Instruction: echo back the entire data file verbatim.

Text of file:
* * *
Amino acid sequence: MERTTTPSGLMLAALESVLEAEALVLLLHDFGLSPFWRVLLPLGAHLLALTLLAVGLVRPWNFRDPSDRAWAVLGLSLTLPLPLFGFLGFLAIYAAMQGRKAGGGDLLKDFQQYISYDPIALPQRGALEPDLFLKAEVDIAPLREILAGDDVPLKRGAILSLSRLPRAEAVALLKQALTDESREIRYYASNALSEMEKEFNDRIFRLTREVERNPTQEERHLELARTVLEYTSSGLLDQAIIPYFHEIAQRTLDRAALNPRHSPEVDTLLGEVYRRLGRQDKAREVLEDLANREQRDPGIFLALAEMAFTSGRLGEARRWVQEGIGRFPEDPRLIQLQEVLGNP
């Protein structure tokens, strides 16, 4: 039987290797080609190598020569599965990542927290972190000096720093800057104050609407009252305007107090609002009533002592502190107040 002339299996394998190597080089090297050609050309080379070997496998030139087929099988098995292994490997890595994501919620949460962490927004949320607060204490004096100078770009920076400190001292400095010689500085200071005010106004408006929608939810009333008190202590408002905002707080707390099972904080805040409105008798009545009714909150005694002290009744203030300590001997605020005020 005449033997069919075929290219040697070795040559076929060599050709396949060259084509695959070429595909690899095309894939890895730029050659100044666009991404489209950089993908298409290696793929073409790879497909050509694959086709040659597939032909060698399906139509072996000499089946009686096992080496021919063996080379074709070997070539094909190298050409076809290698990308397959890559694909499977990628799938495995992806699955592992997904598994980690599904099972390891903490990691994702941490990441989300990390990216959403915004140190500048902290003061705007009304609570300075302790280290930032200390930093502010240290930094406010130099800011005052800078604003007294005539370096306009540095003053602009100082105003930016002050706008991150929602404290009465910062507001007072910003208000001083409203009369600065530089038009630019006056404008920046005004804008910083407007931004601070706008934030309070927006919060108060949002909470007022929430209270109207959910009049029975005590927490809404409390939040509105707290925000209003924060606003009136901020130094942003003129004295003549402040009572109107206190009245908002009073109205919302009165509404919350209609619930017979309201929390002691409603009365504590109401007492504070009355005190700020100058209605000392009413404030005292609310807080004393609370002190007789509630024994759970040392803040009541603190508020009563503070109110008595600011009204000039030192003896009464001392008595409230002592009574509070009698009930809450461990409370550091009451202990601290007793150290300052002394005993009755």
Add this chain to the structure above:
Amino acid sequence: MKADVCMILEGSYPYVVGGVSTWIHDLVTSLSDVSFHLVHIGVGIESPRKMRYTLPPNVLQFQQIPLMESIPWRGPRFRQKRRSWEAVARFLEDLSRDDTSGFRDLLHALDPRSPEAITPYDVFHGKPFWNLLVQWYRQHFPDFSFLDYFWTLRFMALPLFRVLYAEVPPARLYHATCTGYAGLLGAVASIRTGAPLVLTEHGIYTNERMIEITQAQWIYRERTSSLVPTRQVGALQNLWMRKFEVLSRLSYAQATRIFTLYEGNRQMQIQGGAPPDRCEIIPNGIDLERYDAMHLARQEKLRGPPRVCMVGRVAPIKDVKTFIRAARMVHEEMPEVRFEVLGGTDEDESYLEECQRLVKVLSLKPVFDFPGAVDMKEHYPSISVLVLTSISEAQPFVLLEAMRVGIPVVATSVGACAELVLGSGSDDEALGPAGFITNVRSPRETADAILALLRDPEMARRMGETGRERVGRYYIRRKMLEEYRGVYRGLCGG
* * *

Amino acid sequence: MERTTTPSGLMLAALESVLEAEALVLLLHDFGLSPFWRVLLPLGAHLLALTLLAVGLVRPWNFRDPSDRAWAVLGLSLTLPLPLFGFLGFLAIYAAMQGRKAGGGDLLKDFQQYISYDPIALPQRGALEPDLFLKAEVDIAPLREILAGDDVPLKRGAILSLSRLPRAEAVALLKQALTDESREIRYYASNALSEMEKEFNDRIFRLTREVERNPTQEERHLELARTVLEYTSSGLLDQAIIPYFHEIAQRTLDRAALNPRHSPEVDTLLGEVYRRLGRQDKAREVLEDLANREQRDPGIFLALAEMAFTSGRLGEARRWVQEGIGRFPEDPRLIQLQEVLGNP
């Protein structure tokens, strides 16, 4: 039987290797080609190598020569599965990542927290972190000096720093800057104050609407009252305007107090609002009533002592502190107040 002339299996394998190597080089090297050609050309080379070997496998030139087929099988098995292994490997890595994501919620949460962490927004949320607060204490004096100078770009920076400190001292400095010689500085200071005010106004408006929608939810009333008190202590408002905002707080707390099972904080805040409105008798009545009714909150005694002290009744203030300590001997605020005020 005449033997069919075929290219040697070795040559076929060599050709396949060259084509695959070429595909690899095309894939890895730029050659100044666009991404489209950089993908298409290696793929073409790879497909050509694959086709040659597939032909060698399906139509072996000499089946009686096992080496021919063996080379074709070997070539094909190298050409076809290698990308397959890559694909499977990628799938495995992806699955592992997904598994980690599904099972390891903490990691994702941490990441989300990390990216959403915004140190500048902290003061705007009304609570300075302790280290930032200390930093502010240290930094406010130099800011005052800078604003007294005539370096306009540095003053602009100082105003930016002050706008991150929602404290009465910062507001007072910003208000001083409203009369600065530089038009630019006056404008920046005004804008910083407007931004601070706008934030309070927006919060108060949002909470007022929430209270109207959910009049029975005590927490809404409390939040509105707290925000209003924060606003009136901020130094942003003129004295003549402040009572109107206190009245908002009073109205919302009165509404919350209609619930017979309201929390002691409603009365504590109401007492504070009355005190700020100058209605000392009413404030005292609310807080004393609370002190007789509630024994759970040392803040009541603190508020009563503070109110008595600011009204000039030192003896009464001392008595409230002592009574509070009698009930809450461990409370550091009451202990601290007793150290300052002394005993009755």
Add this chain to the structure above:
Amino acid sequence: MKADVCMILEGSYPYVVGGVSTWIHDLVTSLSDVSFHLVHIGVGIESPRKMRYTLPPNVLQFQQIPLMESIPWRGPRFRQKRRSWEAVARFLEDLSRDDTSGFRDLLHALDPRSPEAITPYDVFHGKPFWNLLVQWYRQHFPDFSFLDYFWTLRFMALPLFRVLYAEVPPARLYHATCTGYAGLLGAVASIRTGAPLVLTEHGIYTNERMIEITQAQWIYRERTSSLVPTRQVGALQNLWMRKFEVLSRLSYAQATRIFTLYEGNRQMQIQGGAPPDRCEIIPNGIDLERYDAMHLARQEKLRGPPRVCMVGRVAPIKDVKTFIRAARMVHEEMPEVRFEVLGGTDEDESYLEECQRLVKVLSLKPVFDFPGAVDMKEHYPSISVLVLTSISEAQPFVLLEAMRVGIPVVATSVGACAELVLGSGSDDEALGPAGFITNVRSPRETADAILALLRDPEMARRMGETGRERVGRYYIRRKMLEEYRGVYRGLCGG